HOUSTON (AP) – Their supposedly good-luck beards reduced to goatees, their mood lightened by a typically fun-loving flight home, the Houston Astros didn’t have to put on a brave face Monday.

They’re always this relaxed.

Even losing the first two games of the World Series is no sweat to this group, not after all they’ve overcome to get here. Besides, they’re coming home and they’ve got Roy Oswalt taking the mound tonight for Game 3 against the Chicago White Sox.

“Obviously being 0-2 is not where you want to be,” slugger Lance Berkman said. “But at the same time, we play well here and we know that if we win a couple games we’re right back in it.”

Adversity is nothing new to this club. They won only 15 of their first 45 games this season, yet clawed back and claimed a playoff berth on the last day of the season. Then they were within a strike of making the Series for the first time in franchise history when Albert Pujols hit what could’ve been an NLCS-turning homer, only to easily bounce back the next game.

The flight to St. Louis for Game 6 of that series was far from somber. And there was even more laughing and joking on the trip home from Chicago early Monday, plus some teasing about the change in facial hair and the reason for it.

“Everybody was getting tired of the beards,” said Jeff Bagwell, who along with catcher Brad Ausmus are behind the hairy scheme. “I think that, more than anything else, was the case.”

At no time in the air or in the clubhouse Monday did manager Phil Garner either get tough with his team or go soft and suggest a group hug. Motivational talk isn’t needed, nor are reminders of all the adversity the club already has faced.

“You just know it,” said Bagwell, who becomes a pinch-hitter again with the series shifting to the NL park. “The group just believes in each other. It’s a special group.”

Already the first team in 91 years to make it this far after being 15 games under .500, the Astros are now aiming to become the eighth team to win the World Series after losing the first two games on the road. Since the 1981 Los Angeles Dodgers did it, the last 10 teams facing similar deficits all failed.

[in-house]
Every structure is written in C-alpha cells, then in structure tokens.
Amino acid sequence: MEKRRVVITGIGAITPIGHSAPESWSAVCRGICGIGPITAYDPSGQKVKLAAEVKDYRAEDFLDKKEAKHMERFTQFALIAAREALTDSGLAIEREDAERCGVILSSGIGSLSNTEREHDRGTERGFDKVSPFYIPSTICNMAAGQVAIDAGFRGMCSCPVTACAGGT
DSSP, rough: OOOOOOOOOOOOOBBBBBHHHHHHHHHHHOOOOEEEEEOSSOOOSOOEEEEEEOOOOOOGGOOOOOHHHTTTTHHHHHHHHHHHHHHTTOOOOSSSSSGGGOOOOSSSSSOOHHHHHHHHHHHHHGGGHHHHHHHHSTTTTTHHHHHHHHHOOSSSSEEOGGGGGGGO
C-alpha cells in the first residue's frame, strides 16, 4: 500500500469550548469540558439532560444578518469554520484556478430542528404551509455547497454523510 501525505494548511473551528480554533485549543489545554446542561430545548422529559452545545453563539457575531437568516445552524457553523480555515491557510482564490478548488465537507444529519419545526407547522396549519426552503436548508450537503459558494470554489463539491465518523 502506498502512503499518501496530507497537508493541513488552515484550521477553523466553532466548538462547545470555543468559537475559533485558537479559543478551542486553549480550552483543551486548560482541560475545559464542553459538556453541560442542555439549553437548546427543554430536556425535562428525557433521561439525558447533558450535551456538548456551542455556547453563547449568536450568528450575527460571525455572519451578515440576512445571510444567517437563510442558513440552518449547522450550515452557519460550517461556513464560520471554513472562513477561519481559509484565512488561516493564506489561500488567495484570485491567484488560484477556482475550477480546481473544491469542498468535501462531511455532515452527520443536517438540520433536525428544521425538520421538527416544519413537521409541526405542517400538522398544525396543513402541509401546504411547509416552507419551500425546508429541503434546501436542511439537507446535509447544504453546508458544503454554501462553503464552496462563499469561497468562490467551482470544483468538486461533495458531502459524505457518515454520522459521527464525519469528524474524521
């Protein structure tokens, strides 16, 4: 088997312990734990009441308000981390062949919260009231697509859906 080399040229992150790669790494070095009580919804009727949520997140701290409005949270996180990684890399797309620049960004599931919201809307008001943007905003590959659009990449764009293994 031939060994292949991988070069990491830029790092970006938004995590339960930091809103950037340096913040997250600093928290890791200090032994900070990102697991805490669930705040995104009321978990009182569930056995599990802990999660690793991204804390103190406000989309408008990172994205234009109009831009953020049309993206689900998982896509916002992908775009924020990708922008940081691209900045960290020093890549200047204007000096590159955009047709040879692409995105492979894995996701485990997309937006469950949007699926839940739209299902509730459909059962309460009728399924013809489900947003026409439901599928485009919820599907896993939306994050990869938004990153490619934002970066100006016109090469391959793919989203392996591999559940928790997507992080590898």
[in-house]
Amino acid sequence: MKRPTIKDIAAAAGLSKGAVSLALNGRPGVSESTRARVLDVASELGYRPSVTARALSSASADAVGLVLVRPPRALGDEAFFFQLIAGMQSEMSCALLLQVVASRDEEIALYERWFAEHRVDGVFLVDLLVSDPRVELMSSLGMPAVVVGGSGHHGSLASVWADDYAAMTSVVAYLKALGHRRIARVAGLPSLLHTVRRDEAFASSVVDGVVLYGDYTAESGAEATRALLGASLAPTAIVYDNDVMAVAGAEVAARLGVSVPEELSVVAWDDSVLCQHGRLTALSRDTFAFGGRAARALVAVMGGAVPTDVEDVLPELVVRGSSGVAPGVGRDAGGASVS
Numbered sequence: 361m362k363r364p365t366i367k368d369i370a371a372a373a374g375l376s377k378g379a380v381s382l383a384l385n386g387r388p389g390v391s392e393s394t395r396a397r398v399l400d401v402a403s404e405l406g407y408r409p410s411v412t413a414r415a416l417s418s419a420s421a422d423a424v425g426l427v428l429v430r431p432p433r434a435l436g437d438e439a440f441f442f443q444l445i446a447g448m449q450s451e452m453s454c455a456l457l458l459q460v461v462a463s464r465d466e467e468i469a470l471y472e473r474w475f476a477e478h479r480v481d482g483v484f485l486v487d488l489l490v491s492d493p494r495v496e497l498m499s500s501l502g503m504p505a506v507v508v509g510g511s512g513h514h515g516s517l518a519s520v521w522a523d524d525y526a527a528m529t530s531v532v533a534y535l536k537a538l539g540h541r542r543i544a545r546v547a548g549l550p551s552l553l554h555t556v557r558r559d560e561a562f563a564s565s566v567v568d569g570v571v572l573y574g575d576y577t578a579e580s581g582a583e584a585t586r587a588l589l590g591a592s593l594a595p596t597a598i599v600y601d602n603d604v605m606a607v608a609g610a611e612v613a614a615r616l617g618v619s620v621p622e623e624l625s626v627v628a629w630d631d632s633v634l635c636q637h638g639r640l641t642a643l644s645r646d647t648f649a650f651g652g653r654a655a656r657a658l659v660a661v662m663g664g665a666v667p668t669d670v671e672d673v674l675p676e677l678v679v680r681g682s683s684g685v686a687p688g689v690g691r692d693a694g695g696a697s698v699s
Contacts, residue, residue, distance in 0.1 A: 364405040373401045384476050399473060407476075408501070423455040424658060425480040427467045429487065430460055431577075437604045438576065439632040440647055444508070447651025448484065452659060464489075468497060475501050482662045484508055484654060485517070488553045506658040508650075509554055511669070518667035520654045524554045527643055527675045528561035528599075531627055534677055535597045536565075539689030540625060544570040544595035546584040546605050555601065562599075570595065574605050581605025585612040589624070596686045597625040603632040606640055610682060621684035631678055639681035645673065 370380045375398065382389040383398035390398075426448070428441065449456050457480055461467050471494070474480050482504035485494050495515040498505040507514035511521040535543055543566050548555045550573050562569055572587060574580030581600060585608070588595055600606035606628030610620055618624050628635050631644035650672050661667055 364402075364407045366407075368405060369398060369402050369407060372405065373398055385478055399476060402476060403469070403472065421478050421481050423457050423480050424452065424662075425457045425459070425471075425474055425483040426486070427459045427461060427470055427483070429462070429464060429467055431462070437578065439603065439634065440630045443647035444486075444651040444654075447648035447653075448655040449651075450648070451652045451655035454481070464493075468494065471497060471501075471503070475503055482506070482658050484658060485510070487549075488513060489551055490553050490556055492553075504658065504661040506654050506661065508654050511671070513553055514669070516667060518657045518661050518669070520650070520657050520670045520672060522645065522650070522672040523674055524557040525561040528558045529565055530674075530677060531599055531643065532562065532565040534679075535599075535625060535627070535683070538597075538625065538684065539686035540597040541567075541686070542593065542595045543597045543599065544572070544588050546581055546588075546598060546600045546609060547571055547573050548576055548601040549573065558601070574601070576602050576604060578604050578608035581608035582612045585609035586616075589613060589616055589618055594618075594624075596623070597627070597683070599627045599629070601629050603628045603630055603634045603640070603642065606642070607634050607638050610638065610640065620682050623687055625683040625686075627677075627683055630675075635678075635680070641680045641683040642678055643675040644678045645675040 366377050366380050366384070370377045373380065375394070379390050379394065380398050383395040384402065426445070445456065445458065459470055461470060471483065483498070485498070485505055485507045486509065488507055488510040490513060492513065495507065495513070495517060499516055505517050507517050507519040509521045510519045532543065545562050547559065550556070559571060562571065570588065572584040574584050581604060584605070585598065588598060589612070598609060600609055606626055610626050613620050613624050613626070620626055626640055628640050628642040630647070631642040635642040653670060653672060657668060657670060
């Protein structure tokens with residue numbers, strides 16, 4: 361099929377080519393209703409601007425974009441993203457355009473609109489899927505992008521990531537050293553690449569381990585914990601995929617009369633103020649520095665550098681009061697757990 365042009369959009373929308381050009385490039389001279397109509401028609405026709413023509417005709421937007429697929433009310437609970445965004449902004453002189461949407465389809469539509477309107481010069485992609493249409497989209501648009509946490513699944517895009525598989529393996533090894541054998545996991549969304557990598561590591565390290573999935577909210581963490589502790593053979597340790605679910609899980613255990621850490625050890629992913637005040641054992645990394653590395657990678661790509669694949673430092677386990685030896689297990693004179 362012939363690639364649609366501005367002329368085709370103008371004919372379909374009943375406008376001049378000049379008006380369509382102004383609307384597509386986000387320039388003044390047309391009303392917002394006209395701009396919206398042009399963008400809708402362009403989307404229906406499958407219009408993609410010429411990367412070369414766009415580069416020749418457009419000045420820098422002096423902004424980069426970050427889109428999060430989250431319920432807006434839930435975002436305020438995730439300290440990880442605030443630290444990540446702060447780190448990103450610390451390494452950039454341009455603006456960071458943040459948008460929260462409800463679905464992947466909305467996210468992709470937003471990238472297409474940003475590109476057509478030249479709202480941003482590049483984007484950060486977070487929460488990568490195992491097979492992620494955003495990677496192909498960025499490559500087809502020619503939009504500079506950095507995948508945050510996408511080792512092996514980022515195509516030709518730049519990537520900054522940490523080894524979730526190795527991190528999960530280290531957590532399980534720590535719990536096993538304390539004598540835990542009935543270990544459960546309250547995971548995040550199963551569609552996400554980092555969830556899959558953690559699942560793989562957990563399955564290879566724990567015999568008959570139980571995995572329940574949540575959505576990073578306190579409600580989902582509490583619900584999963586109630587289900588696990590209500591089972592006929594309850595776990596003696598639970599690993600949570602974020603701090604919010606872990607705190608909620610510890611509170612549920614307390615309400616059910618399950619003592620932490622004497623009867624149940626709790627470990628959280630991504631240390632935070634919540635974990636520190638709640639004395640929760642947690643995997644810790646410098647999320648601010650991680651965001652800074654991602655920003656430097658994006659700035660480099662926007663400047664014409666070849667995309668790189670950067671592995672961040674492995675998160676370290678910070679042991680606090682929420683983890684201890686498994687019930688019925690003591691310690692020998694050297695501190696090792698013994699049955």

Houston nearly turned the trick in last year’s NLCS. The Astros dropped the first two games in St. Louis, then won three straight at home. They came close to winning each of the next two games, too.

“You don’t really become a good team or a great team by pounding people,” cleanup hitter Morgan Ensberg said. “You become a great team by getting beat and then figuring out how to not make those mistakes again. That’s what’s happened to us.”

General manager Tim Purpura said it’s no coincidence the clubhouse is filled with resilient players.

“In baseball, we talk about a player having five tools. But the way we look at it is that there’s a sixth tool and it’s makeup and character,” Purpura said.

The Astros also have created a team built to their ballpark. They’re 53-28 at home this season, 4-1 this postseason.

The only playoff loss came in their last game, courtesy of Pujols’ shot. Oswalt took the ball in St. Louis and refused to let the Cardinals seize any momentum, pitching the Astros into the Series.

Now he’s trying to do it again after Scott Podsednik’s homer that ended Game 2.

“It would be nice to get the first win so we can kind of switch momentum,” Oswalt said. “We really need to win this.”

While Podsednik’s homer left Houstonians with a fitful night of sleep and prompted callers to talk-radio shows to question whether the Astros can recover mentally from another devastating defeat, a history lesson might help settle fans’ nerves.

Garner could tell the tale of the 1979 Pittsburgh Pirates team he played for. Best remembered for their “We Are Family” theme song, they went from trailing the Baltimore Orioles 3-1 to winning the championship.

Locally, there’s the 1994 Rockets, who turned Houston from “Choke City” to “Clutch City” en route to winning their first NBA title.

And if anyone remembers all the way back to 2004, there was a club from Boston that was down 3-0 in the ALCS.

“I think you learn to understand although you may be down, you’re not out,” Ausmus said.

AP-ES-10-24-05 1925EDT

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